BOSTON — Junichi Tazawa was unavailable. That explains a lot.
Tazawa’s absence from the Red Sox’s series opener against the Houston Astros at Fenway Park raised eyebrows, as Boston sure could have used the reliable right-handed reliever in its 12-8, extra-inning loss. But while there were two situations — the eighth inning and the 10th inning — where it seemed like a no-brainer to deploy Tazawa, Red Sox manager John Farrell refrained from doing so.
Allow the skipper to explain.
“He threw a bullpen earlier (Friday). After the bullpen, he was deemed OK and yet advised not to use (in Friday’s game) — to not get him warmed up or hot twice in one day,” Farrell said. “He will be available for (Saturday’s game), but that was the plan laid out for him to get on the mound (before Friday’s game) but not be available (for Friday’s game).
“Otherwise, he would have been in in the eighth or the 10th — in either of those situations.”
The whole ordeal was rather strange because 1) Tazawa hasn’t pitched since Sunday and 2) Farrell said point-blank Friday afternoon that Taz would be available for the first of Boston’s three games against Houston. Yet with the Red Sox scratching and clawing against arguably the best team in the American League, the manager steered clear of using Tazawa because of a plan that evidently was in place.
“After four days down in Toronto because of the workload in Tampa, we wanted to get him off the mound before he was ready to get in a game,” Farrell added of the decision to have Tazawa throw a side session before Friday’s game rather than be available for the actual contest. “But throwing twice in one day after what he had come through, we weren’t going to do that.”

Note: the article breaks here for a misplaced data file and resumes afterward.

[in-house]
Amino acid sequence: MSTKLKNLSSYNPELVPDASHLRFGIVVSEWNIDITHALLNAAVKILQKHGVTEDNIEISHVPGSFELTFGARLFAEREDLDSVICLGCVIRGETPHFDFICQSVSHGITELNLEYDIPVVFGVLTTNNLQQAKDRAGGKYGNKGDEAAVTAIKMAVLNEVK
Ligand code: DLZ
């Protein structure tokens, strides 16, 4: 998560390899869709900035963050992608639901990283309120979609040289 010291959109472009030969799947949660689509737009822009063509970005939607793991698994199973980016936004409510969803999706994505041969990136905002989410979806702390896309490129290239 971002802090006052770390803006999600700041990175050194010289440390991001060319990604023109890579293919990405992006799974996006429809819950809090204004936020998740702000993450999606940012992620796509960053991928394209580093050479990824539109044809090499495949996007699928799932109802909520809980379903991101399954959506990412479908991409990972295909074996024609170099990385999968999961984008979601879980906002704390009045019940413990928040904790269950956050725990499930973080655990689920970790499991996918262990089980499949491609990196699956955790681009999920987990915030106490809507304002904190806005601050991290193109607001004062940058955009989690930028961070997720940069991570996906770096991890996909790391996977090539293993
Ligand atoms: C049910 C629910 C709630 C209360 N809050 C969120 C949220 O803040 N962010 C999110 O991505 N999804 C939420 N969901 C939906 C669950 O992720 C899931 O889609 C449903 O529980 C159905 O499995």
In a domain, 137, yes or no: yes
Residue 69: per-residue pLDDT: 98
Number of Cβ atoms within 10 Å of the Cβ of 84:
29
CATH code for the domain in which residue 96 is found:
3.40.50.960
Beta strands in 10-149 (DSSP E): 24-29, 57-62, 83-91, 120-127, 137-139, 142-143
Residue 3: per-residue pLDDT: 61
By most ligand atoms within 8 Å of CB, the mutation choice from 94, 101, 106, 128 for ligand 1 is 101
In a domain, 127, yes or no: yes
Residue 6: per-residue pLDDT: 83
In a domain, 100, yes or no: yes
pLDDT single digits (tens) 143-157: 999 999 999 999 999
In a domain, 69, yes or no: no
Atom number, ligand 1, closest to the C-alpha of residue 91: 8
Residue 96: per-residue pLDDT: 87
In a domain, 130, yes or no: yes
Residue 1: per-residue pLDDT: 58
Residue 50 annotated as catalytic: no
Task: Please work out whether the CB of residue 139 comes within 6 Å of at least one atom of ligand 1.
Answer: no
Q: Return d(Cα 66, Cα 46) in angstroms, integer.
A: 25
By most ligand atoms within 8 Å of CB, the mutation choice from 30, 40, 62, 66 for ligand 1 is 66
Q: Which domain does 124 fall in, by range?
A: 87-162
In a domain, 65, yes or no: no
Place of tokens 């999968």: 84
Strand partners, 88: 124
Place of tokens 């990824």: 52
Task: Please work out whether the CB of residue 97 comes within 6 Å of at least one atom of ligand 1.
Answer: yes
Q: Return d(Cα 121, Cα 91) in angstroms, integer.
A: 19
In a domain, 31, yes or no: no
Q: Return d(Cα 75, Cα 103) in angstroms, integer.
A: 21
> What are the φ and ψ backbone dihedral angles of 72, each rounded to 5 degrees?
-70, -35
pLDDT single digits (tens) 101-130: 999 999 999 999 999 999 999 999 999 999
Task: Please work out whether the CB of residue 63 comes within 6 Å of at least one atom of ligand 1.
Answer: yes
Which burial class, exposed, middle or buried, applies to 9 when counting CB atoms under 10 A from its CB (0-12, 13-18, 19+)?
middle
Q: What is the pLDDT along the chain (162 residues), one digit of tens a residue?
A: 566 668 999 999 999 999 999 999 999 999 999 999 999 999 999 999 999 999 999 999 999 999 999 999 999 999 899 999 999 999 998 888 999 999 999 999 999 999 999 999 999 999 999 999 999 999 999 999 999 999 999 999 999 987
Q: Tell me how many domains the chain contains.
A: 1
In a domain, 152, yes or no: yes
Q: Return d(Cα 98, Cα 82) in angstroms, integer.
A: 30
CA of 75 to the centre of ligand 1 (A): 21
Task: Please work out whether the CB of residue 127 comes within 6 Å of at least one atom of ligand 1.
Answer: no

Tazawa threw 30 pitches over 1 2/3 innings Sunday against the Tampa Bay Rays. It marked his highest pitch count since Aug. 18 of last season. But who knew it would sideline the 29-year-old for five full days? After all, it was reasonable to wonder whether the Red Sox held him out of their four-game Toronto series simply because he’s been horrendous against the Blue Jays in his otherwise impressive career.
Nevertheless, Tazawa wasn’t there to save the Red Sox’s bullpen Friday night. And it hurt.
Craig Breslow surrendered a monster, go-ahead home run to Carlos Correa in the eighth inning moments after Boston rallied to tie the game 7-7 in the bottom of the seventh inning.
Then, a short while after the Red Sox tied the game 8-8 in the bottom of the eighth inning, Noe Ramirez made his major league debut in the 10th and allowed four runs (two earned) en route to suffering the loss.
There’s obviously no telling whether the game would have played out differently if Tazawa was available. But sending Breslow back out for the eighth inning was less than ideal. And having Ramirez pitch in his first big league game in a pressure-packed 10th inning was even less palatable.
The Red Sox returned home with some momentum following a 5-2 road trip. That momentum came to a screeching halt as many wondered, at least until after the game, “Where’s Taz?”
Thumbnail photo via Brad Rempel/USA TODAY Sports Images